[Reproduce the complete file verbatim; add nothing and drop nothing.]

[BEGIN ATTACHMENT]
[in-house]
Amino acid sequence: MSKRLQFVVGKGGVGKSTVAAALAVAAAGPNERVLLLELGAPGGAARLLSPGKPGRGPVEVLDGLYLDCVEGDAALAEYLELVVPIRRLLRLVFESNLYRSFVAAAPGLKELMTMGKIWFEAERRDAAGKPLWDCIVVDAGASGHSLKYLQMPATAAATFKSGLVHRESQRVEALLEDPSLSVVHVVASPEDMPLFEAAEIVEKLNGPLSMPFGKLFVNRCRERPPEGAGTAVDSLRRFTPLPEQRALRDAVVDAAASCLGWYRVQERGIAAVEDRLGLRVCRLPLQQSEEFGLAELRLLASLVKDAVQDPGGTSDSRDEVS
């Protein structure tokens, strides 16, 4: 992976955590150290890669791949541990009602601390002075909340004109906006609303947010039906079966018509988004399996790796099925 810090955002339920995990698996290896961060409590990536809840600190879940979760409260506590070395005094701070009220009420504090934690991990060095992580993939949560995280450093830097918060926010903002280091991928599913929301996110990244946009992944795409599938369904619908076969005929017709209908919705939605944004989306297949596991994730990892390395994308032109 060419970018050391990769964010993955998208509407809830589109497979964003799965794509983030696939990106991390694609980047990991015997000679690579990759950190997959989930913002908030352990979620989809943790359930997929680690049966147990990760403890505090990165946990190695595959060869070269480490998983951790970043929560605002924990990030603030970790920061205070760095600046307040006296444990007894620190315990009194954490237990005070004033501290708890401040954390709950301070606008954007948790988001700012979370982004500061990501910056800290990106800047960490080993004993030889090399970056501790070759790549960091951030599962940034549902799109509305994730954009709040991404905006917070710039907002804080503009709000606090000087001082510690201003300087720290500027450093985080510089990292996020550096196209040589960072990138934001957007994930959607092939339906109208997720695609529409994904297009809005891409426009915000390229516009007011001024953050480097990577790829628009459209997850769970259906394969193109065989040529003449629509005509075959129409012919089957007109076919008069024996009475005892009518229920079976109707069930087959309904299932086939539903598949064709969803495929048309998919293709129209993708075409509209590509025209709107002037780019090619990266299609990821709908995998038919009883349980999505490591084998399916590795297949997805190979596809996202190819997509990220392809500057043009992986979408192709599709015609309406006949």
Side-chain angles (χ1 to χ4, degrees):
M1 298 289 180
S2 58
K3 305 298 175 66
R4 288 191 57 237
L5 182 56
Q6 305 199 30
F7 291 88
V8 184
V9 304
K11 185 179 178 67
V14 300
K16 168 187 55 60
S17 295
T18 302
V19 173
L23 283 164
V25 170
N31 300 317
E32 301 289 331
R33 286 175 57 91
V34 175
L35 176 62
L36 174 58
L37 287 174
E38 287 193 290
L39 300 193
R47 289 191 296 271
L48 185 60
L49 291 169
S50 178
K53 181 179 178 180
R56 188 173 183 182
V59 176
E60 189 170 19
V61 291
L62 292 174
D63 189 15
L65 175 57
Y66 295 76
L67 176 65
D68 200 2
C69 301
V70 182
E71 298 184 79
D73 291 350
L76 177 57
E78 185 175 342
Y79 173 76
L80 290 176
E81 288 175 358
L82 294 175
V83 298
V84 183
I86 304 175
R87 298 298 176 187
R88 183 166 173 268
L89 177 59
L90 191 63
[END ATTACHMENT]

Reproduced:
[in-house]
Amino acid sequence: MSKRLQFVVGKGGVGKSTVAAALAVAAAGPNERVLLLELGAPGGAARLLSPGKPGRGPVEVLDGLYLDCVEGDAALAEYLELVVPIRRLLRLVFESNLYRSFVAAAPGLKELMTMGKIWFEAERRDAAGKPLWDCIVVDAGASGHSLKYLQMPATAAATFKSGLVHRESQRVEALLEDPSLSVVHVVASPEDMPLFEAAEIVEKLNGPLSMPFGKLFVNRCRERPPEGAGTAVDSLRRFTPLPEQRALRDAVVDAAASCLGWYRVQERGIAAVEDRLGLRVCRLPLQQSEEFGLAELRLLASLVKDAVQDPGGTSDSRDEVS
């Protein structure tokens, strides 16, 4: 992976955590150290890669791949541990009602601390002075909340004109906006609303947010039906079966018509988004399996790796099925 810090955002339920995990698996290896961060409590990536809840600190879940979760409260506590070395005094701070009220009420504090934690991990060095992580993939949560995280450093830097918060926010903002280091991928599913929301996110990244946009992944795409599938369904619908076969005929017709209908919705939605944004989306297949596991994730990892390395994308032109 060419970018050391990769964010993955998208509407809830589109497979964003799965794509983030696939990106991390694609980047990991015997000679690579990759950190997959989930913002908030352990979620989809943790359930997929680690049966147990990760403890505090990165946990190695595959060869070269480490998983951790970043929560605002924990990030603030970790920061205070760095600046307040006296444990007894620190315990009194954490237990005070004033501290708890401040954390709950301070606008954007948790988001700012979370982004500061990501910056800290990106800047960490080993004993030889090399970056501790070759790549960091951030599962940034549902799109509305994730954009709040991404905006917070710039907002804080503009709000606090000087001082510690201003300087720290500027450093985080510089990292996020550096196209040589960072990138934001957007994930959607092939339906109208997720695609529409994904297009809005891409426009915000390229516009007011001024953050480097990577790829628009459209997850769970259906394969193109065989040529003449629509005509075959129409012919089957007109076919008069024996009475005892009518229920079976109707069930087959309904299932086939539903598949064709969803495929048309998919293709129209993708075409509209590509025209709107002037780019090619990266299609990821709908995998038919009883349980999505490591084998399916590795297949997805190979596809996202190819997509990220392809500057043009992986979408192709599709015609309406006949």
Side-chain angles (χ1 to χ4, degrees):
M1 298 289 180
S2 58
K3 305 298 175 66
R4 288 191 57 237
L5 182 56
Q6 305 199 30
F7 291 88
V8 184
V9 304
K11 185 179 178 67
V14 300
K16 168 187 55 60
S17 295
T18 302
V19 173
L23 283 164
V25 170
N31 300 317
E32 301 289 331
R33 286 175 57 91
V34 175
L35 176 62
L36 174 58
L37 287 174
E38 287 193 290
L39 300 193
R47 289 191 296 271
L48 185 60
L49 291 169
S50 178
K53 181 179 178 180
R56 188 173 183 182
V59 176
E60 189 170 19
V61 291
L62 292 174
D63 189 15
L65 175 57
Y66 295 76
L67 176 65
D68 200 2
C69 301
V70 182
E71 298 184 79
D73 291 350
L76 177 57
E78 185 175 342
Y79 173 76
L80 290 176
E81 288 175 358
L82 294 175
V83 298
V84 183
I86 304 175
R87 298 298 176 187
R88 183 166 173 268
L89 177 59
L90 191 63